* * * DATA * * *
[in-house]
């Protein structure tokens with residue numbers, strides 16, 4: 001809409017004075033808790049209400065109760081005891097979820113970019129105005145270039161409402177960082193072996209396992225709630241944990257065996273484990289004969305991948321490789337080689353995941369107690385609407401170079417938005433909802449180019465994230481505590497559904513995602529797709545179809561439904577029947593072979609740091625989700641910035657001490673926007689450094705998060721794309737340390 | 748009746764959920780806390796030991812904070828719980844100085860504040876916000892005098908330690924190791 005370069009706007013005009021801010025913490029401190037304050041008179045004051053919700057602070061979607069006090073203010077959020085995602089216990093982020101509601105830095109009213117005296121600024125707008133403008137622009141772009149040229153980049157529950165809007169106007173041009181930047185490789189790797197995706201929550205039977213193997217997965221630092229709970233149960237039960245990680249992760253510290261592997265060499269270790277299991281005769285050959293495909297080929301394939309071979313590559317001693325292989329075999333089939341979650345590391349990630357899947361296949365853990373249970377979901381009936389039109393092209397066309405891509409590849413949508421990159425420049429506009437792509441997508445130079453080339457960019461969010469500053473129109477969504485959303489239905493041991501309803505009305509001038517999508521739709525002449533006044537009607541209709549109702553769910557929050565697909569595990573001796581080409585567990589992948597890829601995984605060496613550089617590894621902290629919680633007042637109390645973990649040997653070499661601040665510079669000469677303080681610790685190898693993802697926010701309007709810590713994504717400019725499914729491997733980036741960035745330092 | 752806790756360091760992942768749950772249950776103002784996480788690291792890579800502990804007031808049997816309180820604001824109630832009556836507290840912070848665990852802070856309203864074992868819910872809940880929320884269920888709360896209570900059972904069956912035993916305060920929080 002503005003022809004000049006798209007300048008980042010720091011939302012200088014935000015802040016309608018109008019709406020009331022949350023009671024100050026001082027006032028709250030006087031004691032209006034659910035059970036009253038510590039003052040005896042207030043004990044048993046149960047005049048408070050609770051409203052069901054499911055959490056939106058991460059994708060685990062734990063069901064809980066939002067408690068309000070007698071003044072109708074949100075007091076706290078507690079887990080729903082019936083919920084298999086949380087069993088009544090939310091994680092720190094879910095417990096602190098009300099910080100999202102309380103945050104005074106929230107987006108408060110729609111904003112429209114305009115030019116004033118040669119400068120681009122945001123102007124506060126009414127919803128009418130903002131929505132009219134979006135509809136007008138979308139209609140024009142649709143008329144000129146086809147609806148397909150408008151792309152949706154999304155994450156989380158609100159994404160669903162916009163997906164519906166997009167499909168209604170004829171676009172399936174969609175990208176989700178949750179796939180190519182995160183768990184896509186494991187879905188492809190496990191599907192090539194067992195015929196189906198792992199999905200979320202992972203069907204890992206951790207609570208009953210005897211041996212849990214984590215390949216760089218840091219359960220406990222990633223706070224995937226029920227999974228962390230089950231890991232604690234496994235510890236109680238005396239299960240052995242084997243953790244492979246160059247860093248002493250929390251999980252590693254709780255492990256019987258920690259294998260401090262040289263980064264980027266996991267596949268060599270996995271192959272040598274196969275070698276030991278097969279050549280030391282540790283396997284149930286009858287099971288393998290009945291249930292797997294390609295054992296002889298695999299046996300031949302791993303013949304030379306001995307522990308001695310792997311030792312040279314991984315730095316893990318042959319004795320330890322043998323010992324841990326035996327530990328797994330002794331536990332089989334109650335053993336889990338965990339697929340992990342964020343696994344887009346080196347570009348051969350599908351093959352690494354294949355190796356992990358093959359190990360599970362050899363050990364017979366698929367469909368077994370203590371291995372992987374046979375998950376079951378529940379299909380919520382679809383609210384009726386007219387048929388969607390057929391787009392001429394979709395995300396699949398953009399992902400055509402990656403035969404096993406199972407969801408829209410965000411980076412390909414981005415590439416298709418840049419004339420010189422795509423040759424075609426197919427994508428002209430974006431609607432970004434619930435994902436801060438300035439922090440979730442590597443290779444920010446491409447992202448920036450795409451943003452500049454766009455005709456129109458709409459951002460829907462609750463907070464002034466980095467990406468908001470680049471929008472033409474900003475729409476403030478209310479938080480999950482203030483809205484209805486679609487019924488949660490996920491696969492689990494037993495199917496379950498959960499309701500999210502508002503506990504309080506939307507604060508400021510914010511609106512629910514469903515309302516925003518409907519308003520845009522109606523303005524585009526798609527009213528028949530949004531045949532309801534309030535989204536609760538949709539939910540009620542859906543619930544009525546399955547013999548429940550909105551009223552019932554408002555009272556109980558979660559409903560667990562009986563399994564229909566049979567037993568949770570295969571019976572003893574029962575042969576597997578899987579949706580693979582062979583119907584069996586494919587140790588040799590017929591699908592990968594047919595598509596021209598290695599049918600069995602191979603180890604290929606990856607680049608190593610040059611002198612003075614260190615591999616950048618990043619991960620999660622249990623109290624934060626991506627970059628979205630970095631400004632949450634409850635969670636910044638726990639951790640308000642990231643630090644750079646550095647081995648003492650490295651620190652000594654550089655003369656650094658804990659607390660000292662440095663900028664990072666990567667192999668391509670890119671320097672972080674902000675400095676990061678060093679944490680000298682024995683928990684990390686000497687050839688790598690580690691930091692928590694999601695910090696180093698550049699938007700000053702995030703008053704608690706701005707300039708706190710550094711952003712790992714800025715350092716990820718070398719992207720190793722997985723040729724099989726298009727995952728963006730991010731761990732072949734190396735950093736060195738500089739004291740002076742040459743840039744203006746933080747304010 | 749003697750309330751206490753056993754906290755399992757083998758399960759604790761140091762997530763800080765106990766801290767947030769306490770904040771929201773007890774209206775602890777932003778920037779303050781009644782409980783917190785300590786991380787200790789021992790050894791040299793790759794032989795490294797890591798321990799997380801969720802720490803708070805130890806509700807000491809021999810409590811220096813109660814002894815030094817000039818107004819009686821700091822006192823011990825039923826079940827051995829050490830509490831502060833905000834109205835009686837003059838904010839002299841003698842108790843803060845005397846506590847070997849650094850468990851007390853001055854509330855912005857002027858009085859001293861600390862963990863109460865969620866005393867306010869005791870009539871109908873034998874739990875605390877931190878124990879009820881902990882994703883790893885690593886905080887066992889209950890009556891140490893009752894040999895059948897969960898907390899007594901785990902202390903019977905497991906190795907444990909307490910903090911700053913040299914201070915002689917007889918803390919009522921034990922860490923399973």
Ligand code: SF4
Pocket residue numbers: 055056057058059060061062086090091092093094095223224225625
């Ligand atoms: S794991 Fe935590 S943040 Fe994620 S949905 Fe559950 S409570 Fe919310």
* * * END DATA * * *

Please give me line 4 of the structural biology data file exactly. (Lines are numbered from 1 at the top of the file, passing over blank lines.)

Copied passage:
Pocket residue numbers: 055056057058059060061062086090091092093094095223224225625